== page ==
Naruto Shippuden has been a very dark series a majority of the time, with betrayal, cruel revelations, and death. Lots of death. Unlike the original Naruto manga, however, the anime gives the viewers “breather” arcs–known by many fans as “filler.” However, I hesitate to call the “childhood arc” of this anime filler, as it is a fairly substantial set of episodes that elaborates on the relationships between characters we rarely get to see interact.
Being the main characters of the series, there is no shortage of scenes featuring interactions between protagonist Naruto, his eternal rival Sasuke, and the female ninja of the group Sakura. There is a large number of characters in Naruto that are never seen with each other, or at least, not seen with each other in certain situations and not for a long period of time. These include Naruto’s mentor Jiraiya, Sakura’s mentor Tsunade, and of course, Sasuke’s mentor and series villain Orochimaru.
Throughout the series, Orochimaru is seen as a cruel psychopath who has no care for human life. However, in the episode where he and his former comrades are featured, he shows a more comedic side. He follows his perverted friend Jiraiya to the wall of the bathhouse while he peeks at the ladies, and even assists him in his sneaky (and pretty stupid) scheme to have a romantic rendezvous despite being reluctant to do so.
In the main series, Jiraiya is often seen making the moves on other women, but we get to see quite a few moments in this arc in which he is boyishly smitten with his teammate Tsunade. When Tsunade is asked what her dream for the future is, she says she wants to travel the world. When Jiraiya is asked the same question, he replies bashfully that he wants to travel the world with her. Rather than his usual perverted advances, his innocent love is both heart-warming and heart-breaking to watch.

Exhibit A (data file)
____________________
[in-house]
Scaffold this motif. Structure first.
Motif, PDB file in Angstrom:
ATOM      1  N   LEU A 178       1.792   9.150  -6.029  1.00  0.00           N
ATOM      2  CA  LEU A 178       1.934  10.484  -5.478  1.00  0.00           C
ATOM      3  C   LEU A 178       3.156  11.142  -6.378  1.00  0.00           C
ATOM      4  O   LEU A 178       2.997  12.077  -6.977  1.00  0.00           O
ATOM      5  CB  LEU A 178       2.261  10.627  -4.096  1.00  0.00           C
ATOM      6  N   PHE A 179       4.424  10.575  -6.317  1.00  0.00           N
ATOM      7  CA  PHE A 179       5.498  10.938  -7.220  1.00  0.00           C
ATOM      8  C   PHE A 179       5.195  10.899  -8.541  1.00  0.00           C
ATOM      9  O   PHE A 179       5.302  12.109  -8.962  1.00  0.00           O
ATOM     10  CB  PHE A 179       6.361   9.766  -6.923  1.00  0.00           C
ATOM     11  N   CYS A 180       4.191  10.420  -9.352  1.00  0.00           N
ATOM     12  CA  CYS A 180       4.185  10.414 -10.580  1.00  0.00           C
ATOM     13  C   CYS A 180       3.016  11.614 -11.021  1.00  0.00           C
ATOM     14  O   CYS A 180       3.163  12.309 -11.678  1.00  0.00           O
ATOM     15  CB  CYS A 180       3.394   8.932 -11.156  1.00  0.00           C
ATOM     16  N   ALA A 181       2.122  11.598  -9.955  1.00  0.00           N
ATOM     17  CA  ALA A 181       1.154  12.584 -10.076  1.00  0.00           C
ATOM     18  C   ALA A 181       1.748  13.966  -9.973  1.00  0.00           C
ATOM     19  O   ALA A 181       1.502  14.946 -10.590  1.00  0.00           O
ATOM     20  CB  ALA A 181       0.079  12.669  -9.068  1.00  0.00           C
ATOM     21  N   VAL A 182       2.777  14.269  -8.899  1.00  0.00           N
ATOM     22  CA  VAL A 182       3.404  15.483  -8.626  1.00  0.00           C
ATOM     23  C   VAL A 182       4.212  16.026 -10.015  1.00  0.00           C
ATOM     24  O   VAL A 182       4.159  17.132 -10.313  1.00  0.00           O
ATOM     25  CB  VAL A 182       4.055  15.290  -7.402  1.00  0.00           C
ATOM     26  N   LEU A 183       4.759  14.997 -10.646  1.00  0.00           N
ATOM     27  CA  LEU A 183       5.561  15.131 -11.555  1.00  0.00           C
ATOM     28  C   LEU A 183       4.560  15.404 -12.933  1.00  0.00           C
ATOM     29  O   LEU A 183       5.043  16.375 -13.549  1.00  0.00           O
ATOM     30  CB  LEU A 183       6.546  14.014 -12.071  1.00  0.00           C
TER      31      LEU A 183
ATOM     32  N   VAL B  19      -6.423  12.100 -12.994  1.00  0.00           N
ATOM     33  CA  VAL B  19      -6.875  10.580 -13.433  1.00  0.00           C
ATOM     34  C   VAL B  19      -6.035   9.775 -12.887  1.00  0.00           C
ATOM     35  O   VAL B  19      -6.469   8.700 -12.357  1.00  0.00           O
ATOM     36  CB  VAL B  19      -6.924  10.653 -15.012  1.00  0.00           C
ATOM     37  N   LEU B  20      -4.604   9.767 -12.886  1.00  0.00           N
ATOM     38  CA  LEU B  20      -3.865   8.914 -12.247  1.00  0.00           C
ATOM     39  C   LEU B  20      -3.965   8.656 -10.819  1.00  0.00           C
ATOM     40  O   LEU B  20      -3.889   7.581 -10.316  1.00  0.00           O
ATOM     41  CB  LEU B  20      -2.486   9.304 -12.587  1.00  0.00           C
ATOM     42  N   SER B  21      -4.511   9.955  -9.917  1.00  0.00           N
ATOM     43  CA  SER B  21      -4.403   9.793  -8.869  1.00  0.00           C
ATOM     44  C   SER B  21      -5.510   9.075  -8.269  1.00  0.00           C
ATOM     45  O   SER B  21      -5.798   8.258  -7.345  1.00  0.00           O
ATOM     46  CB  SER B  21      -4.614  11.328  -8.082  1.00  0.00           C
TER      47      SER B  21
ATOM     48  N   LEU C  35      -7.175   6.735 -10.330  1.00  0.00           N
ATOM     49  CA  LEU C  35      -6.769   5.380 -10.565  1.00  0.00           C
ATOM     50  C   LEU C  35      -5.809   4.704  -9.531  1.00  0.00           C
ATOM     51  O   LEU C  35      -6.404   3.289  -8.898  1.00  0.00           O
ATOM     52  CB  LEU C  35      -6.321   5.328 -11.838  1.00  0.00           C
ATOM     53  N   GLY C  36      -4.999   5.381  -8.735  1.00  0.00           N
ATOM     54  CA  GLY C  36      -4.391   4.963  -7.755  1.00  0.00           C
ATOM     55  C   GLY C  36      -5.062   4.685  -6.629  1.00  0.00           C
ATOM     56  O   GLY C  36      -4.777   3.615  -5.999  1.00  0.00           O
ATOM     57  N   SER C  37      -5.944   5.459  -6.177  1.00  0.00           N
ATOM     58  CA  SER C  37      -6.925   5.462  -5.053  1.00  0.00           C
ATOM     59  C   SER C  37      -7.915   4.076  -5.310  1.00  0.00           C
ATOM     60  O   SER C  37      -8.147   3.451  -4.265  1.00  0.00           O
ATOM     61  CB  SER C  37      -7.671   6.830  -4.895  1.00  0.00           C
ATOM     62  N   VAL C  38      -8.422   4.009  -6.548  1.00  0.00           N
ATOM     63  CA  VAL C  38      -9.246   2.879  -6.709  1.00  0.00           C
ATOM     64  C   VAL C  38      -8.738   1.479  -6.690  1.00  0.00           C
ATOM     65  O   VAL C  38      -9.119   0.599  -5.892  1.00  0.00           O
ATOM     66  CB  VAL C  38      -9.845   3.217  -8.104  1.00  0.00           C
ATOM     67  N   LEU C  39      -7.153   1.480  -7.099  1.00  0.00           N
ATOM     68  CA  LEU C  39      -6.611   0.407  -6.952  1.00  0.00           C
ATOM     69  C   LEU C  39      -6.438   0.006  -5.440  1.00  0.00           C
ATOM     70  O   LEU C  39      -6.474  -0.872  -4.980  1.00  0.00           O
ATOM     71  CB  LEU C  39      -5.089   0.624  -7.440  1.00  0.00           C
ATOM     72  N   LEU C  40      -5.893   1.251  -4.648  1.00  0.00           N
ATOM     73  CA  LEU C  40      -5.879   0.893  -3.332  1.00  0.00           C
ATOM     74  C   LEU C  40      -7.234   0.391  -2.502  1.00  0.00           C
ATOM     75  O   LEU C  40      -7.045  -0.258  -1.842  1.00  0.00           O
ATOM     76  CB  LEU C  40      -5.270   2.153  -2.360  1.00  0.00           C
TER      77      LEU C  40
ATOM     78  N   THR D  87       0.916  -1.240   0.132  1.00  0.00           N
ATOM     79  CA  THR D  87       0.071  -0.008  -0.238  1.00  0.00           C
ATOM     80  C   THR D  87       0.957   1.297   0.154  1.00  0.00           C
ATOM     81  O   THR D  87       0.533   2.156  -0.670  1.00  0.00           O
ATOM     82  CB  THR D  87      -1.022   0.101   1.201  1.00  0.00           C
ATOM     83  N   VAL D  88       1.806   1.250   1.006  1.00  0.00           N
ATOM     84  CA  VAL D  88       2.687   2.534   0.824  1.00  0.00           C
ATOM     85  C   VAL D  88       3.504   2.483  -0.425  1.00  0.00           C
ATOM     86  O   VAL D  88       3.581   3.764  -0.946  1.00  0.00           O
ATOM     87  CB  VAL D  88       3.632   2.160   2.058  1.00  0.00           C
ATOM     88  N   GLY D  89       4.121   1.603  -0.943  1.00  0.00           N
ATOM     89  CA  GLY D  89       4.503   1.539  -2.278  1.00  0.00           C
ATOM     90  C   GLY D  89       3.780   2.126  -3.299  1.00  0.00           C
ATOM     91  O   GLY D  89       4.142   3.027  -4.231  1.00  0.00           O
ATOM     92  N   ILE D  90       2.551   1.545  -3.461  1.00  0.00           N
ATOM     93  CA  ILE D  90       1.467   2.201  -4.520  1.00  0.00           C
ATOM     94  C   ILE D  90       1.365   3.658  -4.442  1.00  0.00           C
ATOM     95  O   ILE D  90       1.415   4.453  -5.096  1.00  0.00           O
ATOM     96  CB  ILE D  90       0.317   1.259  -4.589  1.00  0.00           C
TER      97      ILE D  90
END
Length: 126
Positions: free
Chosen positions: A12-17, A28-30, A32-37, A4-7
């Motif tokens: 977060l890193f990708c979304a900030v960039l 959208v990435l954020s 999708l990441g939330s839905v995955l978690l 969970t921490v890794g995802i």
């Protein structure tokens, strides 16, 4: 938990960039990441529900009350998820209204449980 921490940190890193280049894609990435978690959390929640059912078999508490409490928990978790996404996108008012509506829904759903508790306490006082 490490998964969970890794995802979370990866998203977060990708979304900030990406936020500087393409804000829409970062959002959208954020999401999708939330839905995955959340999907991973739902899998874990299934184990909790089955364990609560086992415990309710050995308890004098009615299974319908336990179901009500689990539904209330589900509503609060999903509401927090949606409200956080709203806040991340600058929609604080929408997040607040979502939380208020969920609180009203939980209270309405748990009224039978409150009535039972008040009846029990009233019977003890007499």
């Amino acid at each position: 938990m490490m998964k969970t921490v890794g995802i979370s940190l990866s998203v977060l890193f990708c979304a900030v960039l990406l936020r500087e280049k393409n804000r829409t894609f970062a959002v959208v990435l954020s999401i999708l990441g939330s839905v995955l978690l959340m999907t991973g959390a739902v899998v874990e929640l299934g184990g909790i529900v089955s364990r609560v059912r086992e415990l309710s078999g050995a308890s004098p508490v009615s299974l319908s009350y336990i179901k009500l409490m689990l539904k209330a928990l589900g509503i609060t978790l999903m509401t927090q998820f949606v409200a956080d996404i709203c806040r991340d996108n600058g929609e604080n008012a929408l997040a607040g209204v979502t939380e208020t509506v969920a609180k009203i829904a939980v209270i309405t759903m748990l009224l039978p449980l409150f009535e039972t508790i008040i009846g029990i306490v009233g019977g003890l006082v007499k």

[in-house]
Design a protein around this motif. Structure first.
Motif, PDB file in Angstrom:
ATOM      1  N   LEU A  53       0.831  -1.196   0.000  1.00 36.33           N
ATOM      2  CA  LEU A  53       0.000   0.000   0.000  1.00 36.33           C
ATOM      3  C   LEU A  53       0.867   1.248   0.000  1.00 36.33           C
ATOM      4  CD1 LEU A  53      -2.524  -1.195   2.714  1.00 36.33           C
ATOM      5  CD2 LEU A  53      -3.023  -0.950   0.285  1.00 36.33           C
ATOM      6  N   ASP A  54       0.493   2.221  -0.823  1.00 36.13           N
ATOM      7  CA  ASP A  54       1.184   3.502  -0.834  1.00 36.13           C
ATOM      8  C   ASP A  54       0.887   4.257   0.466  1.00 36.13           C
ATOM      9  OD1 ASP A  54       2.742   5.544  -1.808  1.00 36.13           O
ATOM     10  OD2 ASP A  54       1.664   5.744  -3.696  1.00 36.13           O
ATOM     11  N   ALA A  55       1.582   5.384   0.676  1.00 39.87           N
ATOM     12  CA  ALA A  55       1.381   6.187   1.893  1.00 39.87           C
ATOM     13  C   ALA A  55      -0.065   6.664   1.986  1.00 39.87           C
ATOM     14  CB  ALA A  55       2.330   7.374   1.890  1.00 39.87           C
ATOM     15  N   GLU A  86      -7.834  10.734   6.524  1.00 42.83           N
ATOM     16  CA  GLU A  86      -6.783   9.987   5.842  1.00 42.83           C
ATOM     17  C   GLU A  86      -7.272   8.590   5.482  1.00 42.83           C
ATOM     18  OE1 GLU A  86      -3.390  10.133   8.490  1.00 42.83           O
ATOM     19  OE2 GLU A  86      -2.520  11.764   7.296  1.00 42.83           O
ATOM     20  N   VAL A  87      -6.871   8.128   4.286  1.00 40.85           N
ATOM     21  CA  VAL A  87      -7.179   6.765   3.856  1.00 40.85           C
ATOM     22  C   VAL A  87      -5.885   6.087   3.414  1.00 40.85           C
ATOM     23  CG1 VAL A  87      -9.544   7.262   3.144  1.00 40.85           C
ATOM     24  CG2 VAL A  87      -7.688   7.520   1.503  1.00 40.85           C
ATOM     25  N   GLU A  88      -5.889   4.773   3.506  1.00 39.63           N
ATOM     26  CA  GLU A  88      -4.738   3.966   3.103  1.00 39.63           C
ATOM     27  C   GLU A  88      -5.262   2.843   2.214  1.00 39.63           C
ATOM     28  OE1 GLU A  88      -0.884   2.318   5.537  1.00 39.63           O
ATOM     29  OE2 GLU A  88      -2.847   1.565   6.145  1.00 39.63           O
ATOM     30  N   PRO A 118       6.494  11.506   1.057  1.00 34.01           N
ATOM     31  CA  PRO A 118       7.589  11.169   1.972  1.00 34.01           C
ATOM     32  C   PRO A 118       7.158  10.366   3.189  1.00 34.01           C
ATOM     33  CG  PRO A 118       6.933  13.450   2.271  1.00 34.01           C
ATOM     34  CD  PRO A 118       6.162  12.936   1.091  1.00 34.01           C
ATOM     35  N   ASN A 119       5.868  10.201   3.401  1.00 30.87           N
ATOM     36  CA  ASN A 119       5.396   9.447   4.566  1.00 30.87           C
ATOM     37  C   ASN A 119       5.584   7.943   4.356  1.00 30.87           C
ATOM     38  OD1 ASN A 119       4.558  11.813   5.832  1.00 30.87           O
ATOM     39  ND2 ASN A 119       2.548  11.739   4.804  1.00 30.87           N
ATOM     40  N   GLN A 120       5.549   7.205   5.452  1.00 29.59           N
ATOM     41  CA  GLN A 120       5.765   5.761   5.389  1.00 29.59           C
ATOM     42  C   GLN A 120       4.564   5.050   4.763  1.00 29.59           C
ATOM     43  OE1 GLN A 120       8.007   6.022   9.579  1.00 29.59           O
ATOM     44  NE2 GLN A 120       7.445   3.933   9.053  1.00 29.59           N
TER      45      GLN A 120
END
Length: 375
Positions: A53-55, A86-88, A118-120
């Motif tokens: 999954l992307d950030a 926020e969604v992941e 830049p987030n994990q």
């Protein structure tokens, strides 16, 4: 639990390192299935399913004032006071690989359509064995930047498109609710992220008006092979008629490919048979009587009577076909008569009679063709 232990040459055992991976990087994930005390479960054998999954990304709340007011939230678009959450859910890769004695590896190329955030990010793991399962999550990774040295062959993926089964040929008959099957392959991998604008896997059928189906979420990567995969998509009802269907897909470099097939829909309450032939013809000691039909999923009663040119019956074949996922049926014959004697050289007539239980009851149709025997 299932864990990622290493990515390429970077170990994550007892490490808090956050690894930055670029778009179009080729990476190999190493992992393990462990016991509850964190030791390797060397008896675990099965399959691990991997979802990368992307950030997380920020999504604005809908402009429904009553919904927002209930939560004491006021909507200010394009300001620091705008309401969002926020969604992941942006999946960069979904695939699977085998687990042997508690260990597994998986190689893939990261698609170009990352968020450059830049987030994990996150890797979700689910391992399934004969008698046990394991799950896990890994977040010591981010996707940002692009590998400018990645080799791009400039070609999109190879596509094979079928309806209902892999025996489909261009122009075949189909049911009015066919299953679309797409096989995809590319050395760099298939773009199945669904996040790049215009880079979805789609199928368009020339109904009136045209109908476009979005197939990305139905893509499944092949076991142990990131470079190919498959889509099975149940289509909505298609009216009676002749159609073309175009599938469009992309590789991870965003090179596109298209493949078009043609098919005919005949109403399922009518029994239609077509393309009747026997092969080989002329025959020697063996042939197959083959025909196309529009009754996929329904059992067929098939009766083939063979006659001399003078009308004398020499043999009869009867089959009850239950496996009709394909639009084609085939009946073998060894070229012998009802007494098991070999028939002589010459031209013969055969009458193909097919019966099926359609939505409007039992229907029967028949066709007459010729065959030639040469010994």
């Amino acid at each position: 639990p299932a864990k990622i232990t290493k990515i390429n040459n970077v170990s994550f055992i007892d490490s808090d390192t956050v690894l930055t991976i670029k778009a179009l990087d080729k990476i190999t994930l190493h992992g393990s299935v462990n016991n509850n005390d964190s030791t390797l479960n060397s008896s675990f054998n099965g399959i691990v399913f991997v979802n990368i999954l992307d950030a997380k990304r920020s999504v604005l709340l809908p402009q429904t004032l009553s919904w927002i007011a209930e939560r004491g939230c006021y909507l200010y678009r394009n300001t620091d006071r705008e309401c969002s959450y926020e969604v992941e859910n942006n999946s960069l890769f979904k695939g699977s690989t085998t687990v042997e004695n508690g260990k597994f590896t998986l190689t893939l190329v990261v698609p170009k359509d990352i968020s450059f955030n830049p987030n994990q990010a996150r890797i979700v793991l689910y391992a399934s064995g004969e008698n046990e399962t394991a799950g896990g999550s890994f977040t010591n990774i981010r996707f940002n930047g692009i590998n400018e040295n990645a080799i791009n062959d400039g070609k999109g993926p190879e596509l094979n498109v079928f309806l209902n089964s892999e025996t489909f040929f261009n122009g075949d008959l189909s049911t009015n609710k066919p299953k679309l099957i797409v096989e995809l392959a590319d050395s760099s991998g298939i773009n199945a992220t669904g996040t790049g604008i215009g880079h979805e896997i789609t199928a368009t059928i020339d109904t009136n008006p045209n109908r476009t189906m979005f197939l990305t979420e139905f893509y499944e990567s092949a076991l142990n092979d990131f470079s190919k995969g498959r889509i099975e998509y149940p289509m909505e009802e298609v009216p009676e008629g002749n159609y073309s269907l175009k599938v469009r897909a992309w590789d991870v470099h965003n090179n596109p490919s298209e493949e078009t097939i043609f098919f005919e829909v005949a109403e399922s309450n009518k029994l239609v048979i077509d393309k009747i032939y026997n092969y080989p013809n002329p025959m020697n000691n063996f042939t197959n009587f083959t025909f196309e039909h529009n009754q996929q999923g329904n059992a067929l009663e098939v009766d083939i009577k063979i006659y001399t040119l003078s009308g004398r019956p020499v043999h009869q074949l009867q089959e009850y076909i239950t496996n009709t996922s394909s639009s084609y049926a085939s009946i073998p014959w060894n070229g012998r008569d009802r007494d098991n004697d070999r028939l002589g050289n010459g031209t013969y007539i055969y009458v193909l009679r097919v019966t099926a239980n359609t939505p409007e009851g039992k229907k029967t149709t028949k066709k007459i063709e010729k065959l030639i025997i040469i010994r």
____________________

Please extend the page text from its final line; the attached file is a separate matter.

In the main story of the anime, we see a few rare interactions between the solemn sand ninja Gaara and his siblings–who, when we first encounter them in the Naruto anime, are on fairly bad terms. In the anime’s childhood arc, however, we can see that at one point–before their father tore them apart, that is–the three actually had fun together. Gaara’s brother Kankuro doesn’t hesitate to ask his little brother to use his powers–powers that are considered frightening by the rest of the village–to make crazy and rather immature sand sculptures. This friendly banter makes it all the more painful when their father takes Kankuro and Temari away, leaving Gaara to impotently hold his hand out for them, almost as if he is begging them not to go. While short, this interaction between the siblings brings more meaning to the later moments of the series when the three have grown up.
In the case of another two characters whose relationships change with their family, we get to see genius ninjas Neji and Sasuke at a more innocent time in their life. These episodes show us that despite the fact that Itachi and Hinata become enemies to Sasuke and Neji later in their lives, there was indeed a time they meant a lot to each other. Similar to Gaara, these innocent moments make other scenes in the anime when the characters are older–and when Sasuke and Neji hate Itachi and Hinata–even more heart-wrenching.
But it’s not all sadness–although Naruto has a fairly lonely childhood, the childhood arc shows that he had a friend in the Third Hokage, who came to check up on him once in a while. The biggest surprise in the arc, however, is when Choji stands up for Naruto. Since the beginning of the series, we’ve always been told that Naruto was alone and suffered during his childhood. However, the anime shows us that he actually got along with Shikamaru and Choji despite their misunderstandings and played together, causing mischief in the village. It’s a wonderful sight to see the three ninjas who would eventually becomes very good friends and comrades in arms in the future play together and, well, just be kids.
This arc serves as a quiet interlude between the emotional episode adapting the final chapter of the manga and the first episode adapting the Sasuke Shinden novels, which are bound to get back into dark territory. While some fillers are pretty unnecessary (does anyone remember the ninja ostrich?), I am completely open to more “filler” arcs that expand on character relationships and the world that Naruto and his friends live in.
Both Naruto and its sequel Naruto Shippuden can be viewed on Crunchyroll. Viz Media also streams and releases the series on home video and publishes the original manga by Masashi Kishimoto in North America.